In Handler v. Johnson, 2015 WL 4506712 (N.D.Ill. 2015), a bankrupt debtor’s adversary moved to reopen a case after the debtor was late on two installment payments under a settlement agreement.
The creditor, a lawyer who previously represented the debtors in unrelated litigation, sued to recover about $21K in attorneys’ fees owed from the prior representation. The debtors previously agreed to pay the lawyer $7,500 in monthly installments of $100, payable on the 15th of each month. When the debtors missed the deadline, the attorney creditor moved to reopen the bankruptcy and enter judgment for the full amount of his claim.
The court denied the motion on the basis that the breach was immaterial. The creditor appealed.
Affirming, the Northern District provides a useful discussion of contractual time is of the essence clauses and the level of breach required to void a settlement agreement calling for payments over time.
Only a material breach will excuse the non-breaching party’s performance under a contract. A technical or immaterial breach usually doesn’t merit the wholesale undoing of a contract. If the contract would not have been made absent the disputed provision, then the breach is considered material. While a party can recover damages in some situations for only a minor breach, he must prove how those damages flowed specifically from the minor breach.
Timely performance of a contract can be considered a material term, especially if the parties say so in the contract. But even where parties have a time is of the essence provision and a party technically breaches, a court can still inquire into the circumstances underlying the delay in performance to determine whether the delay equals a material breach. If timely performance is viewed as a material term, a court can still refuse to enforce the contract when to do so would work an unfairness to breaching party or provide a windfall to the non-breaching one. (*3).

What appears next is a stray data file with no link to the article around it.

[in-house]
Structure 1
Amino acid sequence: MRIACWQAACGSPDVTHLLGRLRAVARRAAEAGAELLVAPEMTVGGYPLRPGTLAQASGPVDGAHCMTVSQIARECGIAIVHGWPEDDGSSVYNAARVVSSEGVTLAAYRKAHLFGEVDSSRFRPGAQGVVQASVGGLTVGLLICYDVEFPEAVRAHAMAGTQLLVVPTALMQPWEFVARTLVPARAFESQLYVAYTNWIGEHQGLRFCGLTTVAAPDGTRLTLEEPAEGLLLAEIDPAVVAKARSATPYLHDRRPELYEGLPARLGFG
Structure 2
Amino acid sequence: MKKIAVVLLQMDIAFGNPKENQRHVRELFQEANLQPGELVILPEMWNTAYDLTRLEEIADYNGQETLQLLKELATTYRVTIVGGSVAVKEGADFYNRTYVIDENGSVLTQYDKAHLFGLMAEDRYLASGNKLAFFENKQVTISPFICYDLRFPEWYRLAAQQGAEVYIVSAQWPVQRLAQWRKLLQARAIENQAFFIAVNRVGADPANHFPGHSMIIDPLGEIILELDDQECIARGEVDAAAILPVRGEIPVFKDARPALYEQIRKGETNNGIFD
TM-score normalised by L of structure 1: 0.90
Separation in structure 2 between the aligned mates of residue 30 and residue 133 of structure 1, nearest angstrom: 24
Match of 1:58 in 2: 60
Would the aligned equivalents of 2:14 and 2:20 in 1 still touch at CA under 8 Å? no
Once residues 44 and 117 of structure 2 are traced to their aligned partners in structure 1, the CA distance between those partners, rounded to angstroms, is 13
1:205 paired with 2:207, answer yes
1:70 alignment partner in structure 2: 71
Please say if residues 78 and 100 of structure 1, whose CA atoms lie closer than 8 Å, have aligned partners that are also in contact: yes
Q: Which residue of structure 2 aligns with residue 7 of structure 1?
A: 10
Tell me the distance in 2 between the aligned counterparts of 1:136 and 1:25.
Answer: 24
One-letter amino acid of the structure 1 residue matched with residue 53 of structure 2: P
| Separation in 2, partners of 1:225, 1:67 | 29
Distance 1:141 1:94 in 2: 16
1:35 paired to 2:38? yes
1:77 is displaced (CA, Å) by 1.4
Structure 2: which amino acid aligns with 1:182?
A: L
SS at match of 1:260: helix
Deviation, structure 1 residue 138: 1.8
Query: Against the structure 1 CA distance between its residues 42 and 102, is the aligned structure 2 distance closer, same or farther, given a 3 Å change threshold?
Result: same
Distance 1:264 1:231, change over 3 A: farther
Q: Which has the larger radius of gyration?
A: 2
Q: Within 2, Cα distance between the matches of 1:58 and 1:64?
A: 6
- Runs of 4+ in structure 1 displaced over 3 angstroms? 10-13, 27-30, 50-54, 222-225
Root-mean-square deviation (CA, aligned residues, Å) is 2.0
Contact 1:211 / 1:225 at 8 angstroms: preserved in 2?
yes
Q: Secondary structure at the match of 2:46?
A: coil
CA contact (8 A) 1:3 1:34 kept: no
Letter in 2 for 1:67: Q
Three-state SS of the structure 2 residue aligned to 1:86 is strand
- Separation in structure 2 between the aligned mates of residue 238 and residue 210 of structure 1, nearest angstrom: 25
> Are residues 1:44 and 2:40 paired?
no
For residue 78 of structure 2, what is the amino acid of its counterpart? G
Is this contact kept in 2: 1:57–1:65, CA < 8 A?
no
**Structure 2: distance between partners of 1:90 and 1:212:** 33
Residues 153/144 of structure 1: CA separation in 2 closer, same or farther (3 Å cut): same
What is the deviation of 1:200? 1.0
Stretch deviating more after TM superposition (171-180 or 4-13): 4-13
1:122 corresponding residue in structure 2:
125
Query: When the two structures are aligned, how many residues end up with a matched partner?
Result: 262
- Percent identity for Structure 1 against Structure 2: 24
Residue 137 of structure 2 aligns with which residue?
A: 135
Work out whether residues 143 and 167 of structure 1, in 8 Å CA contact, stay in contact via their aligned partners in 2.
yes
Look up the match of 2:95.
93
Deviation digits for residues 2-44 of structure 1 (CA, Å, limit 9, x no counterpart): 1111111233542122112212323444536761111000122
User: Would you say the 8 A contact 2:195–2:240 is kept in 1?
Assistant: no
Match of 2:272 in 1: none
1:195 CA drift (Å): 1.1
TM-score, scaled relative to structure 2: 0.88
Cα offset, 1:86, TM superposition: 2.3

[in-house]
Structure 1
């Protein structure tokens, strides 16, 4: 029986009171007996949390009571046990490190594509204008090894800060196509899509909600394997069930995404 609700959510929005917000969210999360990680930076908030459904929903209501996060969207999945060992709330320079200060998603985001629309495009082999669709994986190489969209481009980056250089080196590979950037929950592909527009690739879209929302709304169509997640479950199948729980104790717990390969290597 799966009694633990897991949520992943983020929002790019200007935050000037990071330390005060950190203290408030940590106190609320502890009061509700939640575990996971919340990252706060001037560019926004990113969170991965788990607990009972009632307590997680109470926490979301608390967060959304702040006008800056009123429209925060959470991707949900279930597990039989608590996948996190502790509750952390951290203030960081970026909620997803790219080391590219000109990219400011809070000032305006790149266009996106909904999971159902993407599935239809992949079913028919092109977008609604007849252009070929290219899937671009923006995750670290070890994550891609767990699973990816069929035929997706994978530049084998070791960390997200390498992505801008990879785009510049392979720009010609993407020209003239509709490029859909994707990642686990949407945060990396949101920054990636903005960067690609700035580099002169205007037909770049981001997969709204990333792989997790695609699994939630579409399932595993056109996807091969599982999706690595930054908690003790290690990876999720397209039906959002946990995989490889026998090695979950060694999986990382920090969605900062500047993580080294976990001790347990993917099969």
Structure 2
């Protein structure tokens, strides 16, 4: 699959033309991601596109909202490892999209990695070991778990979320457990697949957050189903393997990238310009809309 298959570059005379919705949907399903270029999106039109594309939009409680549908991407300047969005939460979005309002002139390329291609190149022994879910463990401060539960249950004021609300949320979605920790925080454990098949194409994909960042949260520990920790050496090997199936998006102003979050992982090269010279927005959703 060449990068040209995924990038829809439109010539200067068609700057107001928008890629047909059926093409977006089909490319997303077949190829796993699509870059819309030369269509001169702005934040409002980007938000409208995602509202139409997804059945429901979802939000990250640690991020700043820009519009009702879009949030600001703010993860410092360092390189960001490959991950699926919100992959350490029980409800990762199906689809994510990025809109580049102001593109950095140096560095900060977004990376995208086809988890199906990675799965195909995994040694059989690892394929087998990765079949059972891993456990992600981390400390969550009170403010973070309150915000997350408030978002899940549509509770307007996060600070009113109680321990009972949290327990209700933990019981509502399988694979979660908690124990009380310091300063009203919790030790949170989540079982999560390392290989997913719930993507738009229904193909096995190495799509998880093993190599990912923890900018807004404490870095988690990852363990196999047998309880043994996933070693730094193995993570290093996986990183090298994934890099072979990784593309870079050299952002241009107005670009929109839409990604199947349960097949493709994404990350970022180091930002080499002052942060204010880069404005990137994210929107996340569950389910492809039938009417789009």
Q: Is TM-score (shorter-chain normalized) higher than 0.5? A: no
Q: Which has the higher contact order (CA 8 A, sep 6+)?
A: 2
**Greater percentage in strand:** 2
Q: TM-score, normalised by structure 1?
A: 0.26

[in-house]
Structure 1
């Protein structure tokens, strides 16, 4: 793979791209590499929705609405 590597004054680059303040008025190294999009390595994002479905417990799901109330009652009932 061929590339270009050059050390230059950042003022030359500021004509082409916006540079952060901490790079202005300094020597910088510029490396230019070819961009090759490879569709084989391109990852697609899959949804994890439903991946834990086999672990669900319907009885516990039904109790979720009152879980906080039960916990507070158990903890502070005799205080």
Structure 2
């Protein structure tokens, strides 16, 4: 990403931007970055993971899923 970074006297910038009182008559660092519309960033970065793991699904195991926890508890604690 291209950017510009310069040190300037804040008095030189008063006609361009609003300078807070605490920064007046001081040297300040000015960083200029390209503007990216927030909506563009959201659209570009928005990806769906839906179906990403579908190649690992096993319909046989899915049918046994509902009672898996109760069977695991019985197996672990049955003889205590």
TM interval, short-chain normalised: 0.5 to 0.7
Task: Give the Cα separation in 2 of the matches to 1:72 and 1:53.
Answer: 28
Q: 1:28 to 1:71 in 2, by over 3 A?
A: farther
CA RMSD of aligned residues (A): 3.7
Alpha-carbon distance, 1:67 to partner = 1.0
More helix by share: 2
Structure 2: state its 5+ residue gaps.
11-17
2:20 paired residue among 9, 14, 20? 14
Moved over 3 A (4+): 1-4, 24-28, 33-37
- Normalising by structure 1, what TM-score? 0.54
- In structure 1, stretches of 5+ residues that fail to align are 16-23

To determine whether a given contract term is material, the court considers several factors including (i) whether the breach defeats the bargained-for objective of the parties, (ii) whether the non-breaching party suffered disproportionate prejudice; (iii) whether economic inefficiency or waste will result by enforcing the subject contract term; and (iv) whether the non-breaching party would receive an inflated, unfair advantage if the court found a material breach.
Here, the equities pointed in the debtors’ favor. While they did miss the payment deadline by a few days, the breach was tempered by the fact that one of the debtors was hospitalized around the time the payment was due. Moreover, the lawyer adversary failed to establish any prejudice by having to wait a few days for payment. Considered in their totality, the circumstances weighed in favor of finding that the tardy payment was not a material breach. As a result, the District Court affirmed the bankruptcy court’s denial of the plaintiff’s motion to reopen the case.
(1) Only a material breach will justify abandonment of a contract;
(2) Materiality in the breach context is a fact-specific inquiry that focuses on whether a contract would be made if the breached provision was excised;
(3) A court won’t undo an installment payment contract if payment is made a few days late and no prejudice is shown resulting from the late payment.